ICS-CERT (Industrial Control Systems Cyber Emergency Response Team) has issued a warning about an ongoing attack campaign targeting industrial control systems.
According to ICS-CERT, the campaign has compromised numerous industrial control systems environments and has been ongoing since at least 2011. The campaign is using a variant of the BlackEnergy malware. BlackEnergy has been linked to a number of attacks, including the recently disclosed activities of the Sandworm Team.
"ICS-CERT has determined that users of HMI products from various vendors have been targeted in this campaign, including GE Cimplicity, Advantech/Broadwin WebAccess, and Siemens WinCC," according to the advisory. "It is currently unknown whether other vendor’s products have also been targeted."
"ICS‑CERT is working with the involved vendors to evaluate this activity and also notify their users of the linkages to this campaign," the advisory states.
So far, the ICS-CERT team has not identified any attempts to damage victims' control processes, and been unable to verify if the intruders have expanded access beyond the compromised human-machine interface (HMI) into the remainder of the underlying control system. Still, ICS-CERT notes that the malware deployments have typically included modules that seek out any network-connected file shares and removable media in hopes of facilitating additional lateral movement within the environment.
Not all of the malware's functionality is deployed to all victims, the team notes.
"The attacks described in the advisory are of an extremely worrisome kind," said Francis Cianfrocca, CEO of Bayshore Networks, in an email. "It's commonplace for industrial control-system software to be deployed on Windows machines (servers and workstations), and this won't change soon because these software products are very slow to evolve. Typically, workstations that run control software are dual-homed (one leg in the machine network and one on the IT side), but without very careful controls, even this defense model is easily defeated by advanced malware."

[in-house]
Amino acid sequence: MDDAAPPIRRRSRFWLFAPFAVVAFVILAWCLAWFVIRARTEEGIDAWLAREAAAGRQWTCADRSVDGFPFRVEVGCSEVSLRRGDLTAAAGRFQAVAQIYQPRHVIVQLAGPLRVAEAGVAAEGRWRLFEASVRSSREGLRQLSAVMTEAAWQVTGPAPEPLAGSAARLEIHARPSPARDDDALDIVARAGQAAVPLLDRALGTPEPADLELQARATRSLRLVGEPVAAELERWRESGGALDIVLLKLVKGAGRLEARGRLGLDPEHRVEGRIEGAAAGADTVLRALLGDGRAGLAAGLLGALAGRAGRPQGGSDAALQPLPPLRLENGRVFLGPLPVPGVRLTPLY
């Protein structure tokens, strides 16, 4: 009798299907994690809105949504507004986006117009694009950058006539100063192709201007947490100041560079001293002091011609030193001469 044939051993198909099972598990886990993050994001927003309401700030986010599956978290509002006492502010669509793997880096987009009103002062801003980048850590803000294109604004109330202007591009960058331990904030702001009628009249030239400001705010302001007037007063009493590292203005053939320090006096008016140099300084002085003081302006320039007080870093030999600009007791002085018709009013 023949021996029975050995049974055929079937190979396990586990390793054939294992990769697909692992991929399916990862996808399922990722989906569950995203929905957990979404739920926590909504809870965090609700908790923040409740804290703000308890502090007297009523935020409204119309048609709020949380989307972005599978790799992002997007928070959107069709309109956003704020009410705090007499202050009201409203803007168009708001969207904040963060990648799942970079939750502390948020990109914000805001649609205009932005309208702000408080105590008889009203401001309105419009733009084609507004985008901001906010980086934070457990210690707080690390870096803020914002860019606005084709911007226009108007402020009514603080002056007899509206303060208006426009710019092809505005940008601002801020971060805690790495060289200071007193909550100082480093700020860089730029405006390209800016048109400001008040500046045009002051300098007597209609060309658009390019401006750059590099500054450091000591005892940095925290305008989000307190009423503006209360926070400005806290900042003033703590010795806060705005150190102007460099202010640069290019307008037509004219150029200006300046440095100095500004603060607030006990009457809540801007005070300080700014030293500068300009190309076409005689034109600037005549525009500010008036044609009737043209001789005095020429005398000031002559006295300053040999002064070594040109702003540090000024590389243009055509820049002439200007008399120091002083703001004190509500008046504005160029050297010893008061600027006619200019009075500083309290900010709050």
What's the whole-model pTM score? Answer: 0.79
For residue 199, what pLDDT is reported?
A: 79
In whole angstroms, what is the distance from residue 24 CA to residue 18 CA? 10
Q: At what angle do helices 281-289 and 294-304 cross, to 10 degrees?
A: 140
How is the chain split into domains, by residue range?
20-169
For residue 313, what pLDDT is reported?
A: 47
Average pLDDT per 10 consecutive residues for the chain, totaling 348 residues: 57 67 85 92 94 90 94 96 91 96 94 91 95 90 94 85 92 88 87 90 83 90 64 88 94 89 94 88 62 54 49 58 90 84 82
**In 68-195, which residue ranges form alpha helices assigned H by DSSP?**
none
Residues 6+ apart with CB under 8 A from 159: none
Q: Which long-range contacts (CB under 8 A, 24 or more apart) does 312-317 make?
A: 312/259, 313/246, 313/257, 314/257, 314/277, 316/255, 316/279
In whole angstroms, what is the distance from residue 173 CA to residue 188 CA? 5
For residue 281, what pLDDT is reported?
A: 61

The initial infection vector for systems running GE's Cimplicity HMI with a direct connection to the Internet appears to be CVE-2014-0751. The ICS-CERT team noted that the attackers behind the campaign share the same command and control infrastructure as the Sandworm team.
Ken Westin, security analyst for Tripwire, said part of the problem is the number of ICS devices accessible over the Internet.
"Anyone can run scans and identify numerous ICS systems that are accessible via the Internet," he said. "Multiple vendors have been targeted with this malware including GE Cimplicity, Advantech Broadwin WebAccess and possibly Siemens WinCC. Although the compromised systems have not caused damage at this point, this attack could potentially be gathering information about vulnerabilities for use in a larger scale or more sophisticated attack."
The ICS-CERT team has analyzed two different .cim files used in this campaign: devlist.cim and config.bak. Both files use scripts that ultimately install the BlackEnergy malware.
To address the situation, ICS-CERT has produced a YARA signature to help identify if the malware files are present on a given system. YARA is a pattern-matching tool used by security researchers and companies to identify malware. ICS-CERT asks organizations report any positive or suspected findings to the team for further analysis and correlation.
The YARA signature is available at: /sites/default/files/file_attach/ICS-ALERT-14-281-01.yara.
*This story was updated with additional information.